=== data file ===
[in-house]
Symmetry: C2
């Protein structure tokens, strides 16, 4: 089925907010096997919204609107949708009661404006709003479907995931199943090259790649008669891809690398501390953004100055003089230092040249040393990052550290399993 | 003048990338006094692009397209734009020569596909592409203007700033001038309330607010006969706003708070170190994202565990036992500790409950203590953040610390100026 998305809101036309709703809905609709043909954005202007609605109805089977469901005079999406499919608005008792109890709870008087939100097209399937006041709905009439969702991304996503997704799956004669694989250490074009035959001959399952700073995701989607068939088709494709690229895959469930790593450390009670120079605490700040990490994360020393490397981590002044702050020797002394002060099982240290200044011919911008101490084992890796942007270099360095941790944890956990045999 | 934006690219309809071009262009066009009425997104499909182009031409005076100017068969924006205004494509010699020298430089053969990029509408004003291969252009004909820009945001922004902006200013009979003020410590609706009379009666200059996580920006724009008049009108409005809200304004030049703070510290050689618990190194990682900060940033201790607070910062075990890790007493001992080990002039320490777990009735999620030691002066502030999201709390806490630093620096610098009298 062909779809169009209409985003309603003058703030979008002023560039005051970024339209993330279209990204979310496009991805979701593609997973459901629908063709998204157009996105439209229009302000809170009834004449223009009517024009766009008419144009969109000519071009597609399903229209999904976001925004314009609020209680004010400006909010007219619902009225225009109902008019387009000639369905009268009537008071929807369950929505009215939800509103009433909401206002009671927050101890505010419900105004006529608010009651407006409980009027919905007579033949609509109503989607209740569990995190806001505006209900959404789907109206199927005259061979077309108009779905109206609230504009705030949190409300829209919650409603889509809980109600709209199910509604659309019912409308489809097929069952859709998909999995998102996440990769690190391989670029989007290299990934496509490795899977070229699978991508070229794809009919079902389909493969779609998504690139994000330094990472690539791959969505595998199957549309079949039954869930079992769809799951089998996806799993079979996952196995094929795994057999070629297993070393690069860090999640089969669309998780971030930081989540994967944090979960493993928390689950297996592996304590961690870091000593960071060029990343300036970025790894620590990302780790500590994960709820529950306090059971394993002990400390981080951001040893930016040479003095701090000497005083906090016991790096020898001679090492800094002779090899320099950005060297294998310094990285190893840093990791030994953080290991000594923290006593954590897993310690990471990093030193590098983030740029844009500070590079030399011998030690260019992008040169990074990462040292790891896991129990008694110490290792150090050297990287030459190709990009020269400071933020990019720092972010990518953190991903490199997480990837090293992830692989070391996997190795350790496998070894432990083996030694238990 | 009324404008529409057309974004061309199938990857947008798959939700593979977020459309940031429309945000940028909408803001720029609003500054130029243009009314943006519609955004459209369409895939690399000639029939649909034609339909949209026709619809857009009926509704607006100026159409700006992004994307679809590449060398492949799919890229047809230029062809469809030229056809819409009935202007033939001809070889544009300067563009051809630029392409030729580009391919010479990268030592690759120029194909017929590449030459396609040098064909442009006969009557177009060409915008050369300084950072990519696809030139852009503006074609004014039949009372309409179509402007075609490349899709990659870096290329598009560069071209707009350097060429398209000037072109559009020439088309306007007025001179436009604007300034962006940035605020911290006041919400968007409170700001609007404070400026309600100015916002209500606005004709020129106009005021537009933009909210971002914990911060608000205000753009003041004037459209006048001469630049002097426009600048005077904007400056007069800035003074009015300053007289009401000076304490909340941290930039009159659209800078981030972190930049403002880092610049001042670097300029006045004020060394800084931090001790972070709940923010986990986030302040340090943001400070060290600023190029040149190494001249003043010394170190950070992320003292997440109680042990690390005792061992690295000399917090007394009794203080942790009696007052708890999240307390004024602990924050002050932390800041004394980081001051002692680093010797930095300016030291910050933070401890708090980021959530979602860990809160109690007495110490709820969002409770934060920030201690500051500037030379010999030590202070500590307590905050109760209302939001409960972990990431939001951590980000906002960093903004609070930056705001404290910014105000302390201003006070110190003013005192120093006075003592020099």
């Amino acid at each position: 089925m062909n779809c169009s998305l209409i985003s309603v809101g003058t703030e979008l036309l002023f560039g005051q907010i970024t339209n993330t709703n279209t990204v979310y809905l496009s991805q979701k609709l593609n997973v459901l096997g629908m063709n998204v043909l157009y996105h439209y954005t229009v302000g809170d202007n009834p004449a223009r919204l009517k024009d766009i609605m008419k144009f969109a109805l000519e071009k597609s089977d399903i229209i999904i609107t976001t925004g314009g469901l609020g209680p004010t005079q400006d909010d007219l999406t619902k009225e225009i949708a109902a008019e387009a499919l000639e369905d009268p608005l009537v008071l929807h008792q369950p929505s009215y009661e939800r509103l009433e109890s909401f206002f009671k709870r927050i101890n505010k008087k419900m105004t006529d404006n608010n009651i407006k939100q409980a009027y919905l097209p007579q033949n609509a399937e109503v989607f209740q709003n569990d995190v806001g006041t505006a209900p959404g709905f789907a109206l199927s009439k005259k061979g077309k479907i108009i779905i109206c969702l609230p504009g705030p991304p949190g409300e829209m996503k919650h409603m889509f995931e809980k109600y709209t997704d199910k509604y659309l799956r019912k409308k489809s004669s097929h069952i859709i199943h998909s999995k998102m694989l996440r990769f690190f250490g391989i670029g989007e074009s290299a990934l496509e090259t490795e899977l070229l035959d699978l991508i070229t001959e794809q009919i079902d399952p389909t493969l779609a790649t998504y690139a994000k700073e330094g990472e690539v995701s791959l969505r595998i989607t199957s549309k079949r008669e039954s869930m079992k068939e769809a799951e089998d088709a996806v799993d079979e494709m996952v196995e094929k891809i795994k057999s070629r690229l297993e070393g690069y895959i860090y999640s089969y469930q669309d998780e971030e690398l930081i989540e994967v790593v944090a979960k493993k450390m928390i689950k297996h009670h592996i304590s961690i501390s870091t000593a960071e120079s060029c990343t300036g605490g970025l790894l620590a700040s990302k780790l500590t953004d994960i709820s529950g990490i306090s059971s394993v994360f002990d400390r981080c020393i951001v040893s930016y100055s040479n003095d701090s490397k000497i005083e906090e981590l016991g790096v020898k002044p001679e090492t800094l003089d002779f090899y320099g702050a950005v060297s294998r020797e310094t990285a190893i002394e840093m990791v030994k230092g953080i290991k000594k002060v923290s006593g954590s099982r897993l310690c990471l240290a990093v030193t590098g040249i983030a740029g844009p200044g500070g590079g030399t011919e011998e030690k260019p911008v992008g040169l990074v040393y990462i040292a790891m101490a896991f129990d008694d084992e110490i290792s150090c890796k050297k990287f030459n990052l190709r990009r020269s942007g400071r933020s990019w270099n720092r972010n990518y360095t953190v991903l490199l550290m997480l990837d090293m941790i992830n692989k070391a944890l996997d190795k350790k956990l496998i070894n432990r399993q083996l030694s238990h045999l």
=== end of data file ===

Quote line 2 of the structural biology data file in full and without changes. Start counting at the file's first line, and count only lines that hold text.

Symmetry: C2